Iraq declares “emergency” as ISIS, an al Qaeda breakaway faction, captures key city of Mosul. What is ISIS and why is it important?

 

Al-Qaeda breakaway group -- ISIS -- captures key Iraqi city of Mosul. (graphic: NYT

Al-Qaeda breakaway group — ISIS — captures key Iraqi city of Mosul. (graphic: NYT

(Washington, D.C.) — The Iraqi government has declared a “state of emergency” after losing control of one of its major cities — Mosul (ancient Ninevah) — to a Sunni insurgent group that is a breakaway faction of al Qaeda.

The group is commonly referred to as “ISIS” (pronounced “EYE-sis”), which stands for the “Islamic State of Iraq and al Sham.” Al Sham refers to the “Levant,” or the region of Lebanon, Syria, Israel, and Jordan.

ISIS wants to wage violent jihad in order to establish an Islamic caliphate or kingdom in the entire region.

It is currently recruiting foreign jihadist fighters to wage jihad in Syria to topple Bashar al-Assad’s regime. ISIS is also fighting to bring down the government of Iraqi Prime Minister Nouri al-Maliki in Iraq. Ideally, its leaders would like to topple Jordan’s King Abdullah II and capture the Hashemite Kingdom of Jordan as part of its caliphate. Then it wants to annihilate the Jews, destroy Israel, and capture Jerusalem, as well.

In February, the main al Qaeda leadership broke ties with ISIS, as reported by the New York Times.

At the moment, I’m writing a new international political thriller about ISIS, to be released next spring.

Here’s a snapshot of the latest developments:

“Iraqi army soldiers abandoned their weapons and fled the northern Iraqi city of Mosul on Tuesday, as Sunni militants freed hundreds of prisoners and seized military bases, police stations, banks and the provincial governor’s headquarters,” reports the New York Times. “The insurgent attacks were among the most audacious assaults on the Iraqi government since the American military withdrawal more than two years ago.”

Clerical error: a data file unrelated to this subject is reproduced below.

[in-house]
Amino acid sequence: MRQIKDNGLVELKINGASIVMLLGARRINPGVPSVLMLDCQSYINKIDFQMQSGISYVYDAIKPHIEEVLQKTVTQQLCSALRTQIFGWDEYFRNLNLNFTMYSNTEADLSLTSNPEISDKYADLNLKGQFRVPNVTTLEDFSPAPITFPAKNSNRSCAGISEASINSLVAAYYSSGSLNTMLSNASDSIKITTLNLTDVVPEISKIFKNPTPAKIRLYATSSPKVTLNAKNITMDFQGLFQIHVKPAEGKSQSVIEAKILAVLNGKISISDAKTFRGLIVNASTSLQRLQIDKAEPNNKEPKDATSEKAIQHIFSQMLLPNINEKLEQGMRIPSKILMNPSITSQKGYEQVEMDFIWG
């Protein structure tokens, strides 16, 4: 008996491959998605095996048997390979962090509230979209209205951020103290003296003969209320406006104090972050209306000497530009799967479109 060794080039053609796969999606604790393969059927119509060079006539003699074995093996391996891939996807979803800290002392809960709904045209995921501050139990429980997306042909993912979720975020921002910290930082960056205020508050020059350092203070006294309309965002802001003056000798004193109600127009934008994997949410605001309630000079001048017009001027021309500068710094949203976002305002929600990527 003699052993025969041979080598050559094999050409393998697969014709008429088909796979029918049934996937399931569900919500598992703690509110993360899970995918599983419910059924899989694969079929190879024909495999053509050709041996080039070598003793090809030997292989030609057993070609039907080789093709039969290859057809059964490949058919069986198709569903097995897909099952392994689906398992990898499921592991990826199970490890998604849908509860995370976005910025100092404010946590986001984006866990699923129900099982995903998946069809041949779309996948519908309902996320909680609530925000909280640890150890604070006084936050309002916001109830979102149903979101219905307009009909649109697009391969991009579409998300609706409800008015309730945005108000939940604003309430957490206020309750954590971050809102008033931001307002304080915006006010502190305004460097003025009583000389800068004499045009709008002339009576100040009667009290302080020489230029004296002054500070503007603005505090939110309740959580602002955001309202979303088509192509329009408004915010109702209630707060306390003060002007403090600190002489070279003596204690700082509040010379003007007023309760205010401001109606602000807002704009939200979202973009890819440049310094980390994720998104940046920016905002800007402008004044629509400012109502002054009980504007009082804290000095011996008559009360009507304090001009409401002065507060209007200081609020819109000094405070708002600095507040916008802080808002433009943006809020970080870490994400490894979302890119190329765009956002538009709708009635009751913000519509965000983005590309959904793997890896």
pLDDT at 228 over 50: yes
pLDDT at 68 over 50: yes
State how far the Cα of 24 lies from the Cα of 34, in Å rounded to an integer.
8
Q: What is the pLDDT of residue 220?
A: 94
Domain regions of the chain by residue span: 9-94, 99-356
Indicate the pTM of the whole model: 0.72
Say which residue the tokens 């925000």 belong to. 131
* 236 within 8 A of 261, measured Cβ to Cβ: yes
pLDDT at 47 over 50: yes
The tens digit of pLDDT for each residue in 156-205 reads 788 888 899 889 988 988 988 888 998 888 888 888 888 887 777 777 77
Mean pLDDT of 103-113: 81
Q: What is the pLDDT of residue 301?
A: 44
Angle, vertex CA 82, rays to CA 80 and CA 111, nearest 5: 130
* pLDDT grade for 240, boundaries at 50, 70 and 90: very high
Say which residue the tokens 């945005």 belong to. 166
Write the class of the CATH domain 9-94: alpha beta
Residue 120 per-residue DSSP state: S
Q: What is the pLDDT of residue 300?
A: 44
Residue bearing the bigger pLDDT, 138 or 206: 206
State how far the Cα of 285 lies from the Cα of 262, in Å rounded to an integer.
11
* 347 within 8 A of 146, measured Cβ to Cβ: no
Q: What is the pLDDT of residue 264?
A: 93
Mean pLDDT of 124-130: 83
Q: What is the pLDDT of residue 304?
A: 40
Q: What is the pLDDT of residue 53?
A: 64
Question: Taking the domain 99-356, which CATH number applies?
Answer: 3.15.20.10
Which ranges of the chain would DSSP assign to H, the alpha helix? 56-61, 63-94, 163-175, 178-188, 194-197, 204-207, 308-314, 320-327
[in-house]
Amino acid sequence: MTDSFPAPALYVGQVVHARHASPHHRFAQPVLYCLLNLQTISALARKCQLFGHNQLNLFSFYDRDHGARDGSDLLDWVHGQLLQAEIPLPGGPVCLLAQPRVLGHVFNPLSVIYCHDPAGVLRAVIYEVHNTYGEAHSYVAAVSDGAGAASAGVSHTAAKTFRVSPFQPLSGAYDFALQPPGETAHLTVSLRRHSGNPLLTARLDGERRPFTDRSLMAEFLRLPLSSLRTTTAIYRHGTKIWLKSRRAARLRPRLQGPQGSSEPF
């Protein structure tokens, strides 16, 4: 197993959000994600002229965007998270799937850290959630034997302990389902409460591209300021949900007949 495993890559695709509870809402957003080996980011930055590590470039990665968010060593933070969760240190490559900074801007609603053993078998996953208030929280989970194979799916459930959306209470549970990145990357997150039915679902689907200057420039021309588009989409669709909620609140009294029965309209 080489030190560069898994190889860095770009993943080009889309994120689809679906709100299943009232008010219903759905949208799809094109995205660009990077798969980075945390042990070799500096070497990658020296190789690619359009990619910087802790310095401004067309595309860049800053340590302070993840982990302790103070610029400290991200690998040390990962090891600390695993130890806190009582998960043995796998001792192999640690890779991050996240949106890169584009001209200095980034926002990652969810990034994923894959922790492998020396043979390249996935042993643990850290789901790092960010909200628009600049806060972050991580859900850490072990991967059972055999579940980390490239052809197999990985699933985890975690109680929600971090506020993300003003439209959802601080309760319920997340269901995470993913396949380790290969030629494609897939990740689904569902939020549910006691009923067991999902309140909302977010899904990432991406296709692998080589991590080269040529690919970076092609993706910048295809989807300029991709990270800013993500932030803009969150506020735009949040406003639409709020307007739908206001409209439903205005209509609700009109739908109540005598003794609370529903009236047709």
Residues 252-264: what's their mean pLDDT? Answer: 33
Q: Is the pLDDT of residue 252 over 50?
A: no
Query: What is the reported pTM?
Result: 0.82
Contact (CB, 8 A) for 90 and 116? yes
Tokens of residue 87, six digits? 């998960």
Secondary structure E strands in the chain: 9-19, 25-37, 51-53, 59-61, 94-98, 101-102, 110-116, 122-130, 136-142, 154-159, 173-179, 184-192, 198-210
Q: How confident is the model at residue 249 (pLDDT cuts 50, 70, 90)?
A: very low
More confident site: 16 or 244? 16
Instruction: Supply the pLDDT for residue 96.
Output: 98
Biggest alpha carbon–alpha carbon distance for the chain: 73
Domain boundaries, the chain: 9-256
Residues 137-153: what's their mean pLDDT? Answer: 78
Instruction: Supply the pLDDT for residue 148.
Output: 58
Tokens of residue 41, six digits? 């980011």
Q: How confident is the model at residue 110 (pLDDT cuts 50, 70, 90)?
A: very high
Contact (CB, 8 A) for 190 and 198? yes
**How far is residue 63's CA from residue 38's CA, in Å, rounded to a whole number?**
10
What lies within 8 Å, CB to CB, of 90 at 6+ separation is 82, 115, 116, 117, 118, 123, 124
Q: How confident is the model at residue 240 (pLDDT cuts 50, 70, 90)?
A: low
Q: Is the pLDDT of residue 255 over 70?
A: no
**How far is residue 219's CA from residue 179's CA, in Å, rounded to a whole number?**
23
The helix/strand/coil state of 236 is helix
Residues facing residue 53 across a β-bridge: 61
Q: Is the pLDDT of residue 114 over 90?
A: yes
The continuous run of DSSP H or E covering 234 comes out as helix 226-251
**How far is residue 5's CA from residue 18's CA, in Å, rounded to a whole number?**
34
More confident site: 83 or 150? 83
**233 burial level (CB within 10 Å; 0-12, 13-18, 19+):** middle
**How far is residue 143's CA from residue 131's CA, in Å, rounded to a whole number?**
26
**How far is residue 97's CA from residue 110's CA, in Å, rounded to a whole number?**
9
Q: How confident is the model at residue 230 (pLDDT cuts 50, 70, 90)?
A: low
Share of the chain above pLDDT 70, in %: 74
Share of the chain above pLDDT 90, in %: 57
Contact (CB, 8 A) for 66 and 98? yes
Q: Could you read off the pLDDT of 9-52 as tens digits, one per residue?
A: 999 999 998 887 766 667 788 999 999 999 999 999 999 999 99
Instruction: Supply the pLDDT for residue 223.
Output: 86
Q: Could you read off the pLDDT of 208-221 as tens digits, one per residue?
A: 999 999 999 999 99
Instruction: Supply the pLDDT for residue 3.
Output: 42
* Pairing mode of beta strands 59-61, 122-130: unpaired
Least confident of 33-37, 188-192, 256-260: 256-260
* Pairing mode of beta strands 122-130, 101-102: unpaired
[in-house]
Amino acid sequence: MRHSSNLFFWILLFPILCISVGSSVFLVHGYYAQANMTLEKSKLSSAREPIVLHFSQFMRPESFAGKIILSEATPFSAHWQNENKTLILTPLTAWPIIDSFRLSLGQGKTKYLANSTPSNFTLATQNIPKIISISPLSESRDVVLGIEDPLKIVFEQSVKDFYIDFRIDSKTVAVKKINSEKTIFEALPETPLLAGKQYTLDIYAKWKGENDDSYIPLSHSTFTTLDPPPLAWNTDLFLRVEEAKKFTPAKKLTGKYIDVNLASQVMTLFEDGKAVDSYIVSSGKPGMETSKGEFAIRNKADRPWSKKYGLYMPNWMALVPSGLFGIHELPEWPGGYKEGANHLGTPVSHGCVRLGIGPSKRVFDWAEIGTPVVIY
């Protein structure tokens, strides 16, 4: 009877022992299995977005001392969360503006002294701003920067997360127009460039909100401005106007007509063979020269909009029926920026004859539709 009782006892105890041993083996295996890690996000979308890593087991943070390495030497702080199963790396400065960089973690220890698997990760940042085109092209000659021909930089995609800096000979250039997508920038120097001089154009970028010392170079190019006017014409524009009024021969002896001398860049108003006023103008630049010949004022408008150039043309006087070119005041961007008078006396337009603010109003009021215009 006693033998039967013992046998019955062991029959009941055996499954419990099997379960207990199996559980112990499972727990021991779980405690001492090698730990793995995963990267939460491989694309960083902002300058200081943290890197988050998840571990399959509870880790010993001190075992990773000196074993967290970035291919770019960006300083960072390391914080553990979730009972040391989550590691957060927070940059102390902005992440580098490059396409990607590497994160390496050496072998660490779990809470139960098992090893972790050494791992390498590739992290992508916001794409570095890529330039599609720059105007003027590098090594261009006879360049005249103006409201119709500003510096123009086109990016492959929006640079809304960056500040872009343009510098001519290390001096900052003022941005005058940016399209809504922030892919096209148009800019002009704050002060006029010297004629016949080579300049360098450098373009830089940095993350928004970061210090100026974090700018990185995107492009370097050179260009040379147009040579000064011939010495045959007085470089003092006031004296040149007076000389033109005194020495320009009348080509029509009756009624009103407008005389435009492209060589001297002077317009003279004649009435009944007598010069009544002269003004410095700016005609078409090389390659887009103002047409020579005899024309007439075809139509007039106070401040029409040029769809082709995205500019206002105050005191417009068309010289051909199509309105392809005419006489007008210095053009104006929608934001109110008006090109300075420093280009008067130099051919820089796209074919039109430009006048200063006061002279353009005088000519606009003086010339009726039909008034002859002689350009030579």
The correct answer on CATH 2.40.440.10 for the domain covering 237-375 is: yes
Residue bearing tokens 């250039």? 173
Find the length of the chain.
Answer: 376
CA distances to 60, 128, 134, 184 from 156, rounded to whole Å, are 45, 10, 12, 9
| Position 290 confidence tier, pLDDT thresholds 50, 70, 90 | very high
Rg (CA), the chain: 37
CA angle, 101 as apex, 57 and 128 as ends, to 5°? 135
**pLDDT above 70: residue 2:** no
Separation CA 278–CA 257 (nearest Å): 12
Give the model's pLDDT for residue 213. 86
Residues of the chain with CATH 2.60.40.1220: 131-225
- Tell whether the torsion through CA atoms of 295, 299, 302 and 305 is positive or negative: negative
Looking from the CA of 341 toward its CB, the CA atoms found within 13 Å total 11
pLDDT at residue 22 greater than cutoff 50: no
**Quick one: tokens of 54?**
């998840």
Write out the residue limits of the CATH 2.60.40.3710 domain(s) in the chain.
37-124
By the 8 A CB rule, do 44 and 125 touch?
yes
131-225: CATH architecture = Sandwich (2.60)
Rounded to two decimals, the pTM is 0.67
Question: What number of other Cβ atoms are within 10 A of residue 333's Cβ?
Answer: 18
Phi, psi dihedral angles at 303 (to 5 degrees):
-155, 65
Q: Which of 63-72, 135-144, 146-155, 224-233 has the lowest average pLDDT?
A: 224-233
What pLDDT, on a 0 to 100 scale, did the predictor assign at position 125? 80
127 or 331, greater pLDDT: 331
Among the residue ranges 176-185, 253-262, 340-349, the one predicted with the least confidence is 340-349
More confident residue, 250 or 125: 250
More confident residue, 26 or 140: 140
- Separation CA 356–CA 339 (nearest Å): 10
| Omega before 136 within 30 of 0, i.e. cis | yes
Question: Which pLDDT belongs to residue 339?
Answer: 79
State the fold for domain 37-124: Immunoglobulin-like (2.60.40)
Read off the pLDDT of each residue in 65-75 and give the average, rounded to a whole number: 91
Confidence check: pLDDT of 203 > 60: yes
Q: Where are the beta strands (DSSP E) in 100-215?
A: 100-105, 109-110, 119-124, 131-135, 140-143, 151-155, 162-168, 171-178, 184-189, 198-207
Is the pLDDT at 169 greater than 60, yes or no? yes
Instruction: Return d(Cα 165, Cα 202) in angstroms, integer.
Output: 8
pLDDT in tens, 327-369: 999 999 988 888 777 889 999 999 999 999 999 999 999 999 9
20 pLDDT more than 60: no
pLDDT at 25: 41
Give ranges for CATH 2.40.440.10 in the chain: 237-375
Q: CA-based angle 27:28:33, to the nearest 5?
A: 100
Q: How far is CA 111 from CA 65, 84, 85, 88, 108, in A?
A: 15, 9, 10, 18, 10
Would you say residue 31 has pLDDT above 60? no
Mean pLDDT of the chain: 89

Excerpts from the story:

  • The rout in Mosul, the second-largest Iraqi city after Baghdad and an important center of the country’s petroleum industry, was breathtaking in its speed, and appeared to take government officials by surprise, not to mention residents of the city itself.
  • A major humiliation for the government forces in Iraq’s Sunni-dominated areas, the defeat also reflected the stamina of a broader Sunni insurgency that has been growing with the war in neighboring Syria.
  • Prime Minister Nuri Kamal al-Maliki ordered a state of emergency for the entire country. His Shiite-led government has been increasingly struggling to deal with the resurrection of Sunni militancy in Iraq since the American military departure at the end of 2011 following eight years of war and occupation.
  • By midday on Tuesday, militants believed to belong to the Islamic State of Iraq and Syria, one of the strongest extremist groups, were in control of much of central and southern Mosul, according to witnesses.
  • Local officials claimed that many of the fighters were jihadists who had swept in from the porous border with Syria, who have increasingly operated with impunity in that region even as President Bashar al-Assad has reclaimed ground lost to the insurgents elsewhere in Syria….
  • The Mosul assault came in a week when Mr. Maliki’s government has been trying to beat back a surging militant offensive concentrated in central and northern Iraq and carried out by hundreds of well-armed fighters roaming the country in pickup trucks, seemingly able to strike at will.
  • In Mosul, along with the cities of Samarra and Ramadi, the militants have stormed police stations, government offices and even a university. On Saturday, car bombs killed scores of people across the capital, Baghdad, in one of the deadliest coordinated attacks in weeks….

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